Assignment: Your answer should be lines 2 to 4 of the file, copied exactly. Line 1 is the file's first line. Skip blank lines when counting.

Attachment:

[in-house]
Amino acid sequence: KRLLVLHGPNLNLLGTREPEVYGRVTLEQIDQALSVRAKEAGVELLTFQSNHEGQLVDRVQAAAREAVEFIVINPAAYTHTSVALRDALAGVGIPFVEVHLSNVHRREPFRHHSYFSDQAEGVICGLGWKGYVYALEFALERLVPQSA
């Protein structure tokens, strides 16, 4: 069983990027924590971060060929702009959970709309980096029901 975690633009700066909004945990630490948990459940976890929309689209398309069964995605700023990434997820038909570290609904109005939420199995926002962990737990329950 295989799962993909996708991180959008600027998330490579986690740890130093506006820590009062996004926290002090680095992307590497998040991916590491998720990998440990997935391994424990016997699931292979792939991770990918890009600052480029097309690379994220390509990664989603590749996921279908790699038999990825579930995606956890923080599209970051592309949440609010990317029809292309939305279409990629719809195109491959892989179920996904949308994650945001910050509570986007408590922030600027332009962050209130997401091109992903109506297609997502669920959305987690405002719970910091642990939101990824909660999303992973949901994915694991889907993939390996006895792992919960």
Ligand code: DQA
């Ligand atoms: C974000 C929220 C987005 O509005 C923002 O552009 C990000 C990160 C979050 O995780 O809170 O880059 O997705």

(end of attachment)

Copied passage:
Amino acid sequence: KRLLVLHGPNLNLLGTREPEVYGRVTLEQIDQALSVRAKEAGVELLTFQSNHEGQLVDRVQAAAREAVEFIVINPAAYTHTSVALRDALAGVGIPFVEVHLSNVHRREPFRHHSYFSDQAEGVICGLGWKGYVYALEFALERLVPQSA
């Protein structure tokens, strides 16, 4: 069983990027924590971060060929702009959970709309980096029901 975690633009700066909004945990630490948990459940976890929309689209398309069964995605700023990434997820038909570290609904109005939420199995926002962990737990329950 295989799962993909996708991180959008600027998330490579986690740890130093506006820590009062996004926290002090680095992307590497998040991916590491998720990998440990997935391994424990016997699931292979792939991770990918890009600052480029097309690379994220390509990664989603590749996921279908790699038999990825579930995606956890923080599209970051592309949440609010990317029809292309939305279409990629719809195109491959892989179920996904949308994650945001910050509570986007408590922030600027332009962050209130997401091109992903109506297609997502669920959305987690405002719970910091642990939101990824909660999303992973949901994915694991889907993939390996006895792992919960």
Ligand code: DQA